Bruce Campbell and Deborah Foreman in Sundown

‘Sundown: The Vampire in Retreat’ Has Bloody Fun in the Sun

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Welcome to The Prime Sublime, a weekly column dedicated to the underseen and underloved films buried beneath page after page of far more popular fare on Amazon’s Prime Video collection. We’re not just cherry-picking obscure titles, though, as these are movies that we find beautiful in their own, often unique ways. You might even say we think they’re sublime… and this week we’re heading west for a horror/comedy/western hybrid called Sundown: The Vampire in Retreat!

“Sublime /səˈblīm/: of such excellence, grandeur, or beauty as to inspire great admiration or awe”


The horror/western subgenre should really be considerably bigger than it is. Don’t get me wrong, there are definitely some great ones, but I’m saying there should be more. More! Monsters vs cowboys/cowgals against an unforgiving landscape populated with epic scenery, gun play, and western tropes? Yes please. Of the ones we do have, a surprising number of them have embraced a comedic style along with the western terror. Of those, one stands out as being severely under-appreciated. Its name? Sundown: The Vampire in Retreat (1989).

What is ‘Sundown: The Vampire in Retreat’ about?

The desert town of Purgatory is a quiet little place with an odd little population, and it’s rarely disturbed by outsiders. That’s probably for the best as the citizens — every last one of them — are vampires. Settled a century prior by a mysterious benefactor named Jozek Mardulak (David Carradine, whose turn as Dracula here comes twenty-three years after his father John played the character in Billy the Kid Versus Dracula), the town is a vampiric experiment that he hopes will lead to the eventual co-habitation between his bloodsuckers and everyday humans. He teaches bloody abstinence, and with the aid of a new synthetic blood he’s been weening his fellow vamps off of the red stuff all together.

It’s a tenuous victory, though, as a rebellion is forming in their midst of vampires who miss the taste of the real stuff. They see no reason to spare human lives, and soon the ideological battle will spill into the dusty streets with violence.

What makes ‘Sundown: The Vampire in Retreat’ sublime?

If you were a fan of fun but bloody horror in the late 80s and early 90s, then odds are you were a fan of director Anthony Hickox. He burst onto the genre scene in 1988 with the still-glorious Waxwork, a horror/comedy that pits a maniacal David Warner against some rowdy young adults looking for a good time in his wax museum. It’s a funny, stylish, and bloody romp that earned a sequel from Hickox before seeing him move on to other franchise follow-ups including Hellraiser III: Hell on Earth (1992) and Warlock: The Armageddon (1993). Before those sequels and his eventual shift into direct-to-video action films, though, he blended genres with the goofy blast that is Sundown: Vampire in Retreat.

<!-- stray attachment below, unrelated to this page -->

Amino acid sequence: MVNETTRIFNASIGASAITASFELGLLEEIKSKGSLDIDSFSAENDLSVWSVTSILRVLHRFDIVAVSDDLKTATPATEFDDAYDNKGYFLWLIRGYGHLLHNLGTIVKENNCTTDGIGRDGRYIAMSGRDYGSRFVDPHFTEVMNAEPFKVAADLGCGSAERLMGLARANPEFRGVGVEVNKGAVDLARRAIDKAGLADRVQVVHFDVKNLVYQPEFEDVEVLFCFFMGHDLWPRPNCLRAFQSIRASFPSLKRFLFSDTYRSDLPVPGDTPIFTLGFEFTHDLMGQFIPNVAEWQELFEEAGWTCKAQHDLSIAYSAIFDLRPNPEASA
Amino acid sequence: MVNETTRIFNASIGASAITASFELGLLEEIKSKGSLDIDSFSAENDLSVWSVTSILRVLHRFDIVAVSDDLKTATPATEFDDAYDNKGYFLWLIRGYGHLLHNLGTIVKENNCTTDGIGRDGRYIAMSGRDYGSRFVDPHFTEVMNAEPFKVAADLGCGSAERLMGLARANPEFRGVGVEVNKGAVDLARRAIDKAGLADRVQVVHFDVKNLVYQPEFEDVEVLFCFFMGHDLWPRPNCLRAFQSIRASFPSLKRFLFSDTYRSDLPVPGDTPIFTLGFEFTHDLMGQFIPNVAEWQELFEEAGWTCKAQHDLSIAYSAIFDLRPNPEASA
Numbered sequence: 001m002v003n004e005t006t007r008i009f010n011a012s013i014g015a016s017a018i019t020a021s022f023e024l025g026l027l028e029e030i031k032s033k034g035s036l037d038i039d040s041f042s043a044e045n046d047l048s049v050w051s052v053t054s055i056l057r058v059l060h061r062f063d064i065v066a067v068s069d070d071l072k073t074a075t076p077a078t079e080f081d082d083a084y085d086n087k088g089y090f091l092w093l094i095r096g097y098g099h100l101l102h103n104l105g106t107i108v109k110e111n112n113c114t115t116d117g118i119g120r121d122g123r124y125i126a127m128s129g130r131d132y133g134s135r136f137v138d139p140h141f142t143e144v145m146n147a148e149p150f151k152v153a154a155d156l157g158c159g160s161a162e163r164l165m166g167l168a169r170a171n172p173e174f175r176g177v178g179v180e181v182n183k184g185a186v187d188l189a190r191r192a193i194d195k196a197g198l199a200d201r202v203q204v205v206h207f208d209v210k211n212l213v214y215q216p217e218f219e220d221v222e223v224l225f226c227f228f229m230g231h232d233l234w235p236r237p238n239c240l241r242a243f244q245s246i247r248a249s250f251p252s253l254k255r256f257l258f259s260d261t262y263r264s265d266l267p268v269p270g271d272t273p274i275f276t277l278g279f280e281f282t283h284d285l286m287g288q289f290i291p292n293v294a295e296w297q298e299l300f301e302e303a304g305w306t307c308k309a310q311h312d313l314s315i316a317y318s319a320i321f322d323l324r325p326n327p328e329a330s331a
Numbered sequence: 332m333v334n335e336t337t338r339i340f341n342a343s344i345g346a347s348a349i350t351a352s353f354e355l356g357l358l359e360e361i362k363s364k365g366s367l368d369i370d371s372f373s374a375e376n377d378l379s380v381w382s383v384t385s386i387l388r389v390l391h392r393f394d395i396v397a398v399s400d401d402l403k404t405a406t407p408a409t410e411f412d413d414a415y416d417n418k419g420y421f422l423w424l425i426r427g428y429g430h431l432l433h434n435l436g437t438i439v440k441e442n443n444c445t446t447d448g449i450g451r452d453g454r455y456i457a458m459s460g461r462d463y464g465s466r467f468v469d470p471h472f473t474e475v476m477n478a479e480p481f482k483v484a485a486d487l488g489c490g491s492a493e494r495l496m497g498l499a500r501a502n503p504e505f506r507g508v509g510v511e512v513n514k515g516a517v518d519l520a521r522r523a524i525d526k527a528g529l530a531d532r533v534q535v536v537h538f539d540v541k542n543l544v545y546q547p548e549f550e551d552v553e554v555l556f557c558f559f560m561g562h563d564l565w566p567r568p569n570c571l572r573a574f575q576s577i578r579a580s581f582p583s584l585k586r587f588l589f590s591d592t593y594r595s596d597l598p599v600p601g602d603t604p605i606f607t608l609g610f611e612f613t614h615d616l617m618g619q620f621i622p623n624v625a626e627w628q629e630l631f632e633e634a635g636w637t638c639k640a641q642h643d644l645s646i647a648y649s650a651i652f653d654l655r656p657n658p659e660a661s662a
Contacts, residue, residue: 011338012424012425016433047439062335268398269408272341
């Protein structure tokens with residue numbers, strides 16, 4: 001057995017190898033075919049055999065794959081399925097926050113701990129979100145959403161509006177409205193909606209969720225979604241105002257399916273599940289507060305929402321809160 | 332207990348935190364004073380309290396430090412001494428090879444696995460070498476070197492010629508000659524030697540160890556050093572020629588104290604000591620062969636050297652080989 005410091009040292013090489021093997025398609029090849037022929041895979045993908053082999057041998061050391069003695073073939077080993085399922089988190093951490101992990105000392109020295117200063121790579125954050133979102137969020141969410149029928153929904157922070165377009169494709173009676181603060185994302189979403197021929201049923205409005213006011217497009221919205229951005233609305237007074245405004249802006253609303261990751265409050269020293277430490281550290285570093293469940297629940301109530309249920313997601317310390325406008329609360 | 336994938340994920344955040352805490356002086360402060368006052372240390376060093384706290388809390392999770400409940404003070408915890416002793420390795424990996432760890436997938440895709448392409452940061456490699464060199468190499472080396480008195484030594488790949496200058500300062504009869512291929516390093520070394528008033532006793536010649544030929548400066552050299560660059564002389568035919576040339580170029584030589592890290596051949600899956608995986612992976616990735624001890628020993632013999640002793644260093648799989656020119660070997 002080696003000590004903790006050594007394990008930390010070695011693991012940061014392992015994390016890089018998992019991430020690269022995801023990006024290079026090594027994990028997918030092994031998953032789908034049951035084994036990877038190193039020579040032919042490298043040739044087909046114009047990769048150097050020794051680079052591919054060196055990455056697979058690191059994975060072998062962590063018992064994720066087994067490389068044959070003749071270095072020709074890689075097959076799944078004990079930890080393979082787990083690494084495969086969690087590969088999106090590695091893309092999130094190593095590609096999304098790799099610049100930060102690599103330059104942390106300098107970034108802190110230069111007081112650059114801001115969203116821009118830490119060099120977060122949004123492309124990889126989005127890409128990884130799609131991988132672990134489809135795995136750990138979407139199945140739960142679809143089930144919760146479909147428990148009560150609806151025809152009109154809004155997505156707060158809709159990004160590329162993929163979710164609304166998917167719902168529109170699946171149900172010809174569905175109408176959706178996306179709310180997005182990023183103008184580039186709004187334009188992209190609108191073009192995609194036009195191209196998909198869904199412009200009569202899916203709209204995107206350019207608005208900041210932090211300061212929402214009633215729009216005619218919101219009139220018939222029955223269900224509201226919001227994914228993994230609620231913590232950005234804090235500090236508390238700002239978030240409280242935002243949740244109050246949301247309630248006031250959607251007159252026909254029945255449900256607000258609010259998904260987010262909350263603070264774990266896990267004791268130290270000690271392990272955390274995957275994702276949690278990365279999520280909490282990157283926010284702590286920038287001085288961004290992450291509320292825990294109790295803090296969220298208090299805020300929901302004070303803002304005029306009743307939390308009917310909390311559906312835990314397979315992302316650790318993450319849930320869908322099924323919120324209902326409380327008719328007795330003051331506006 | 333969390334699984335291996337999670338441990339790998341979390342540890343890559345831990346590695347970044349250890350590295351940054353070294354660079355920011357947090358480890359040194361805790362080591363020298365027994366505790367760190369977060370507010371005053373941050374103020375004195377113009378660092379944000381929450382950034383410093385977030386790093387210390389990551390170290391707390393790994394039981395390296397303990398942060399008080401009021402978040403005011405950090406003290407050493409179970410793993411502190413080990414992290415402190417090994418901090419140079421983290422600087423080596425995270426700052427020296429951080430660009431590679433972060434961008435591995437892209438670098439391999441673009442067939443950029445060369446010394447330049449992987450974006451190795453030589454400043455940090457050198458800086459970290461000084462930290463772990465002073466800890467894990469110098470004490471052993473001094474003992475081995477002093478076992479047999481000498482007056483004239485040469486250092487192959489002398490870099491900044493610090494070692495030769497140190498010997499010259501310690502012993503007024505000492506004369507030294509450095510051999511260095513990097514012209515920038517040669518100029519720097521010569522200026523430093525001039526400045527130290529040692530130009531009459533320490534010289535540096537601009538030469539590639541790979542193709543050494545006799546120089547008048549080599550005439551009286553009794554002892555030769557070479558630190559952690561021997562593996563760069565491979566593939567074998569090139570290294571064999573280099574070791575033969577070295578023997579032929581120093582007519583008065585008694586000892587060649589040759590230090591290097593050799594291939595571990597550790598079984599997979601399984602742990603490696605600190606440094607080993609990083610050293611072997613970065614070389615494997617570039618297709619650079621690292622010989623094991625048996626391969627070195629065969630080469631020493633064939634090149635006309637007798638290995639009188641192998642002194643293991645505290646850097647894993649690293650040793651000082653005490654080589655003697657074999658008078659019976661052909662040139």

Hickox’s script is clearly having fun with vampire mythology, and while the standards are all there they often come with some twists. The sun, for example, isn’t that big of a deal anymore thanks to modern day advances like SPF 100 sunscreen. The vamps cover up with sunglasses and big hats, but they stay safe through the liberal use of the lotion. Similarly, while old-fashioned stakes through the heart still work, Hickox modifies things a bit by having his mischievous rebels load up their revolvers with wood-tipped bullets. He even finds some fresh angles on the vampires turning into bats as they talk and come to life via stop-motion animation.

While set in modern day, Sundown keeps its feet fully entrenched in the world of westerns with everything from its iconography to its score. Revolvers, horseback riding, dudes in dusters, and an old school town jail add to the atmosphere, and Richard Stone‘s score brings big action beats to life with rousing instrumentals that sound straight out of classic westerns. It’s old-school fun as dueling bands of vampires collide on main street and heroes emerge from the fray.

Hickox pulled together a terrifically charismatic cast for the film too. While Carradine chews some scenery as the lead vampire, Bruce Campbell brings the funny as a descendant of the famed Professor Van Helsing. A platinum blonde Deborah Foreman is doing her best Veronica Lake as a vamp, and Campbell’s visible ecstasy while she bites him is a laugh out loud moment. Maxwell Caulfield plays a slick-haired “young” punk of a vamp who not only wants to return to killing humans but also wants to take a man’s wife for his own — they canoodled previously, before he became a member of the undead, and he’s an absolute dick to the woman’s husband who he keeps reminding of the fact. The ensemble is rounded out with some welcome and friendly faces including M. Emmet Walsh, Dana Ashbrook, George “Buck” Flower, Bert Remsen, and more.

And in conclusion…

Sundown: The Vampire in Retreat is a fun little movie that hits some creative genre beats along the way. The action is well-crafted, the production design takes full advantage of the landscape and small town atmosphere, and enough of the humor/fun lands to keep things moving and entertaining. And not for nothing, but between the vampire in-fighting and synthetic blood, the film also deserves a nod for being what feels like a minor blueprint for 2009’s excellent Daybreakers. Totally different films, obviously, but come on…

Want more sublime Prime finds? Of course, you do.

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